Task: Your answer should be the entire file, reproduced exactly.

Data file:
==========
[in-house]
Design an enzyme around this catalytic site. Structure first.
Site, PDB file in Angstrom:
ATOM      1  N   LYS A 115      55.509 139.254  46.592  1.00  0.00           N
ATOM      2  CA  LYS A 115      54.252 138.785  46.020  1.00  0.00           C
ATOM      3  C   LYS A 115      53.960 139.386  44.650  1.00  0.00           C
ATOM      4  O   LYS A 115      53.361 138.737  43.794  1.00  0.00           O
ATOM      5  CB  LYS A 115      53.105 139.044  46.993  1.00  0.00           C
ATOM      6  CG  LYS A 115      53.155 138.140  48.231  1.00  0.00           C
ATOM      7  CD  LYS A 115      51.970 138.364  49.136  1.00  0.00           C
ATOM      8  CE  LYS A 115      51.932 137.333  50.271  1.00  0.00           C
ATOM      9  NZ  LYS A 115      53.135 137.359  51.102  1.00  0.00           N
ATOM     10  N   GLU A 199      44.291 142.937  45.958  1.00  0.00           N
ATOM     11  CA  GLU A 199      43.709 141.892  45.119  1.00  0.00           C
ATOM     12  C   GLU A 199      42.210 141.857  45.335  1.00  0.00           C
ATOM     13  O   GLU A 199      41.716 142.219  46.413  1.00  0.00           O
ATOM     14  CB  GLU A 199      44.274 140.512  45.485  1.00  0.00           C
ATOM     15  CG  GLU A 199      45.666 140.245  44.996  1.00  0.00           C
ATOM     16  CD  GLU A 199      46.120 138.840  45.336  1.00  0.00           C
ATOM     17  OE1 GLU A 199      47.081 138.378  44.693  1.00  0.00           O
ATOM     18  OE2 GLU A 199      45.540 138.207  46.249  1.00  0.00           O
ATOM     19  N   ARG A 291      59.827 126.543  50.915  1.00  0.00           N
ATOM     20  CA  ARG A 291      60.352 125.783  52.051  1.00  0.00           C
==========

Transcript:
[in-house]
Design an enzyme around this catalytic site. Structure first.
Site, PDB file in Angstrom:
ATOM      1  N   LYS A 115      55.509 139.254  46.592  1.00  0.00           N
ATOM      2  CA  LYS A 115      54.252 138.785  46.020  1.00  0.00           C
ATOM      3  C   LYS A 115      53.960 139.386  44.650  1.00  0.00           C
ATOM      4  O   LYS A 115      53.361 138.737  43.794  1.00  0.00           O
ATOM      5  CB  LYS A 115      53.105 139.044  46.993  1.00  0.00           C
ATOM      6  CG  LYS A 115      53.155 138.140  48.231  1.00  0.00           C
ATOM      7  CD  LYS A 115      51.970 138.364  49.136  1.00  0.00           C
ATOM      8  CE  LYS A 115      51.932 137.333  50.271  1.00  0.00           C
ATOM      9  NZ  LYS A 115      53.135 137.359  51.102  1.00  0.00           N
ATOM     10  N   GLU A 199      44.291 142.937  45.958  1.00  0.00           N
ATOM     11  CA  GLU A 199      43.709 141.892  45.119  1.00  0.00           C
ATOM     12  C   GLU A 199      42.210 141.857  45.335  1.00  0.00           C
ATOM     13  O   GLU A 199      41.716 142.219  46.413  1.00  0.00           O
ATOM     14  CB  GLU A 199      44.274 140.512  45.485  1.00  0.00           C
ATOM     15  CG  GLU A 199      45.666 140.245  44.996  1.00  0.00           C
ATOM     16  CD  GLU A 199      46.120 138.840  45.336  1.00  0.00           C
ATOM     17  OE1 GLU A 199      47.081 138.378  44.693  1.00  0.00           O
ATOM     18  OE2 GLU A 199      45.540 138.207  46.249  1.00  0.00           O
ATOM     19  N   ARG A 291      59.827 126.543  50.915  1.00  0.00           N
ATOM     20  CA  ARG A 291      60.352 125.783  52.051  1.00  0.00           C